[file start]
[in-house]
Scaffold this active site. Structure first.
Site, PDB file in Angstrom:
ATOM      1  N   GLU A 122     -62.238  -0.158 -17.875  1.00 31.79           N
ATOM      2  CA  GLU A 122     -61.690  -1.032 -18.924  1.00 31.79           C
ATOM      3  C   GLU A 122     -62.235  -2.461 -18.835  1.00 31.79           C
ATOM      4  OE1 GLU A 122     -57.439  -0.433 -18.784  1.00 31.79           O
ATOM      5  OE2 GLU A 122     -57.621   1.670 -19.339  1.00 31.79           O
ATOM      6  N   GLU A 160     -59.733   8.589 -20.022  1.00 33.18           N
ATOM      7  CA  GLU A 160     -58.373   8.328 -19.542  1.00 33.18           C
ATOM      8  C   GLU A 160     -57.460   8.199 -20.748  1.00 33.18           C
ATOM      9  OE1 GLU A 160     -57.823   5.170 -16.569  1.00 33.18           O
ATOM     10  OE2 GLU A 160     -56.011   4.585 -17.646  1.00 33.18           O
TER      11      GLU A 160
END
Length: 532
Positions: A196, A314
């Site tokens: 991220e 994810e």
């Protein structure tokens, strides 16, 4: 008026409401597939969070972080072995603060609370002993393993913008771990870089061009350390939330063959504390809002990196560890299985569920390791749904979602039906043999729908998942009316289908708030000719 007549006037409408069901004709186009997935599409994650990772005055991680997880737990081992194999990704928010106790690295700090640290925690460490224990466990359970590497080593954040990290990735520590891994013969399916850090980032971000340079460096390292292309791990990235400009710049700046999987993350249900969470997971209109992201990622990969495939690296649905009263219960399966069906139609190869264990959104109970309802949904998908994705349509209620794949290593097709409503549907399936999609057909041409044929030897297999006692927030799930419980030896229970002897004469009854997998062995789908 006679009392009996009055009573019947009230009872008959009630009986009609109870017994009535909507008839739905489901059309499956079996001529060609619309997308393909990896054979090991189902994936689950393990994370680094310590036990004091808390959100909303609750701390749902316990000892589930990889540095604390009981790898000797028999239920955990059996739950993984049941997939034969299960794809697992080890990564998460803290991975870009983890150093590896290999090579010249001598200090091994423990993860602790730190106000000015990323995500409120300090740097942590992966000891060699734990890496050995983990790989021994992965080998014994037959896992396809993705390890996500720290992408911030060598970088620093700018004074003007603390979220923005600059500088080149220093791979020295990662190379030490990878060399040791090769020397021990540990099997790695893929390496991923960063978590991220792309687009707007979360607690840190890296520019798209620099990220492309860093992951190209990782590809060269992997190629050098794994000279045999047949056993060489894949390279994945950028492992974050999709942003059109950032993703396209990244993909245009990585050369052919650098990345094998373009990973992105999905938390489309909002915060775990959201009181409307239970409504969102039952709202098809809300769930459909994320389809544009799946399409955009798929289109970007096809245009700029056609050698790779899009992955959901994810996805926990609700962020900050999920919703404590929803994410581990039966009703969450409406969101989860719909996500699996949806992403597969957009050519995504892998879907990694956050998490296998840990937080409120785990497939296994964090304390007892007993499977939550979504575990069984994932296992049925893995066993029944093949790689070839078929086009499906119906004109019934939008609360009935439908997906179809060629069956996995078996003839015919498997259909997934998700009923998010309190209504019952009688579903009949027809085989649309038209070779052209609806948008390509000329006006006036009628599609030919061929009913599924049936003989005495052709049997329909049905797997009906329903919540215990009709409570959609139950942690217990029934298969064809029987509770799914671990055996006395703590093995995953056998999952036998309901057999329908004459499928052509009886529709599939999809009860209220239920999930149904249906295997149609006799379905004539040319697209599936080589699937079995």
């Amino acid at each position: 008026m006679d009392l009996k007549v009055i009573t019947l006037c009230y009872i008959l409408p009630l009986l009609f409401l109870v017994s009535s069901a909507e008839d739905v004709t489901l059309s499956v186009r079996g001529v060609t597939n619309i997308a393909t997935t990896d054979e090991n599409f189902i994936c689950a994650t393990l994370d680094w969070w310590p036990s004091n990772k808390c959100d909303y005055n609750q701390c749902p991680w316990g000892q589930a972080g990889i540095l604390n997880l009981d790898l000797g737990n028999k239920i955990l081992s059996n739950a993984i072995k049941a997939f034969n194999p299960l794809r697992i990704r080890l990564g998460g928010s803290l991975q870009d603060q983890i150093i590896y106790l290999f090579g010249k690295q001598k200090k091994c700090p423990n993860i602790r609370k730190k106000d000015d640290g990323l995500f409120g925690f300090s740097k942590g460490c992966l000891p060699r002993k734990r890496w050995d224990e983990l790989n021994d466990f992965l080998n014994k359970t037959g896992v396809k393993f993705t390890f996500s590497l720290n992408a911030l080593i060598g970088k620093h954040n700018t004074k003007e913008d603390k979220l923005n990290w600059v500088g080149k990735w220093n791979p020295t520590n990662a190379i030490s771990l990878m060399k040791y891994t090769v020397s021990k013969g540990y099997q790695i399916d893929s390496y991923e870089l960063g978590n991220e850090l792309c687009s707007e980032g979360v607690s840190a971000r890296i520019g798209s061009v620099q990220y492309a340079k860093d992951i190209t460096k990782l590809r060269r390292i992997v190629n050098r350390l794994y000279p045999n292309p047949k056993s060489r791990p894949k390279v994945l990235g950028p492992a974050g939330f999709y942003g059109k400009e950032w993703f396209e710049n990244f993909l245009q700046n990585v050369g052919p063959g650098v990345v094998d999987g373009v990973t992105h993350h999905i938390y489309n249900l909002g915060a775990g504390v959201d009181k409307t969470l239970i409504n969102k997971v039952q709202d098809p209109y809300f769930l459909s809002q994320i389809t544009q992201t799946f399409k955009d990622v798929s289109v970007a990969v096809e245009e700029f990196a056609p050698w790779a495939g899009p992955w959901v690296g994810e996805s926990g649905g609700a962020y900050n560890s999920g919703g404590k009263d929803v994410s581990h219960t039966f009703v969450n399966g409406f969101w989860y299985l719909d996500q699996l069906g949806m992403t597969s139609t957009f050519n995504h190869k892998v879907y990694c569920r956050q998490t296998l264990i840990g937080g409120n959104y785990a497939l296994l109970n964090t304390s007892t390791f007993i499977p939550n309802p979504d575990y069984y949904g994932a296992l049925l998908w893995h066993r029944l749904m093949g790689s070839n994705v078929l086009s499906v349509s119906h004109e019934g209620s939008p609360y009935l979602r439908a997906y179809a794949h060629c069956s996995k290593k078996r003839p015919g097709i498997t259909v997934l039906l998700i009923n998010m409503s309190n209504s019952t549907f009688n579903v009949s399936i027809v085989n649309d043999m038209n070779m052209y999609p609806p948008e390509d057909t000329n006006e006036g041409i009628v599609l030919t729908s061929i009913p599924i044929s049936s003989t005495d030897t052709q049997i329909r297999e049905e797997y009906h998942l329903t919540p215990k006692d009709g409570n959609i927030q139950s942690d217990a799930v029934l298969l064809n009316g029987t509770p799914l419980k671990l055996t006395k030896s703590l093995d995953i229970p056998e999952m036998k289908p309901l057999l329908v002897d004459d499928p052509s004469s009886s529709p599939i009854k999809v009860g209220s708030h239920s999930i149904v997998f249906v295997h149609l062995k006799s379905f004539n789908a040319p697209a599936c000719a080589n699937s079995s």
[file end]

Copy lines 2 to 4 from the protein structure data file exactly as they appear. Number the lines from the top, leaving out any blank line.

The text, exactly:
Scaffold this active site. Structure first.
Site, PDB file in Angstrom:
ATOM      1  N   GLU A 122     -62.238  -0.158 -17.875  1.00 31.79           N